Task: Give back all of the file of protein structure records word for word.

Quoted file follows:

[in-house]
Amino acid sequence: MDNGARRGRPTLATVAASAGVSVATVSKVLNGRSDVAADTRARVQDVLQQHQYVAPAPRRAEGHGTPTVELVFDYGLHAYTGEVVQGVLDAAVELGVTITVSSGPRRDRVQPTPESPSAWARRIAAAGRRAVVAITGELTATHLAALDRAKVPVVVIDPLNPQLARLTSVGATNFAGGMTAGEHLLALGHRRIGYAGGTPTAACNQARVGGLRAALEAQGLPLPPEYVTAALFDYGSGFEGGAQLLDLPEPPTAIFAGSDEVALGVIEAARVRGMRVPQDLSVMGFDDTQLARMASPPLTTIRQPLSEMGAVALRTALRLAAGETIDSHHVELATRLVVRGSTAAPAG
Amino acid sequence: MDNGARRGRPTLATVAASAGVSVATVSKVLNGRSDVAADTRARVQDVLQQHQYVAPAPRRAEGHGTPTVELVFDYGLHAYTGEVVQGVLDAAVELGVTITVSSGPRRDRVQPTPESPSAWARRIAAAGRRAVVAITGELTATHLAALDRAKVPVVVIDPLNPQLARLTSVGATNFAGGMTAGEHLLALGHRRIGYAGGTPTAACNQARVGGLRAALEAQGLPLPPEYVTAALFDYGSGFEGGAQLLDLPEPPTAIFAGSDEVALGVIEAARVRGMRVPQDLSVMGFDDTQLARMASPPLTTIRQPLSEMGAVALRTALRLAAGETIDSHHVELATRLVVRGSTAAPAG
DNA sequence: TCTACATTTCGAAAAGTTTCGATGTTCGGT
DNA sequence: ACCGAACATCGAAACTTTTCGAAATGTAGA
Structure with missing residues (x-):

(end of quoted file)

[in-house]
Amino acid sequence: MDNGARRGRPTLATVAASAGVSVATVSKVLNGRSDVAADTRARVQDVLQQHQYVAPAPRRAEGHGTPTVELVFDYGLHAYTGEVVQGVLDAAVELGVTITVSSGPRRDRVQPTPESPSAWARRIAAAGRRAVVAITGELTATHLAALDRAKVPVVVIDPLNPQLARLTSVGATNFAGGMTAGEHLLALGHRRIGYAGGTPTAACNQARVGGLRAALEAQGLPLPPEYVTAALFDYGSGFEGGAQLLDLPEPPTAIFAGSDEVALGVIEAARVRGMRVPQDLSVMGFDDTQLARMASPPLTTIRQPLSEMGAVALRTALRLAAGETIDSHHVELATRLVVRGSTAAPAG
Amino acid sequence: MDNGARRGRPTLATVAASAGVSVATVSKVLNGRSDVAADTRARVQDVLQQHQYVAPAPRRAEGHGTPTVELVFDYGLHAYTGEVVQGVLDAAVELGVTITVSSGPRRDRVQPTPESPSAWARRIAAAGRRAVVAITGELTATHLAALDRAKVPVVVIDPLNPQLARLTSVGATNFAGGMTAGEHLLALGHRRIGYAGGTPTAACNQARVGGLRAALEAQGLPLPPEYVTAALFDYGSGFEGGAQLLDLPEPPTAIFAGSDEVALGVIEAARVRGMRVPQDLSVMGFDDTQLARMASPPLTTIRQPLSEMGAVALRTALRLAAGETIDSHHVELATRLVVRGSTAAPAG
DNA sequence: TCTACATTTCGAAAAGTTTCGATGTTCGGT
DNA sequence: ACCGAACATCGAAACTTTTCGAAATGTAGA
Structure with missing residues (x-):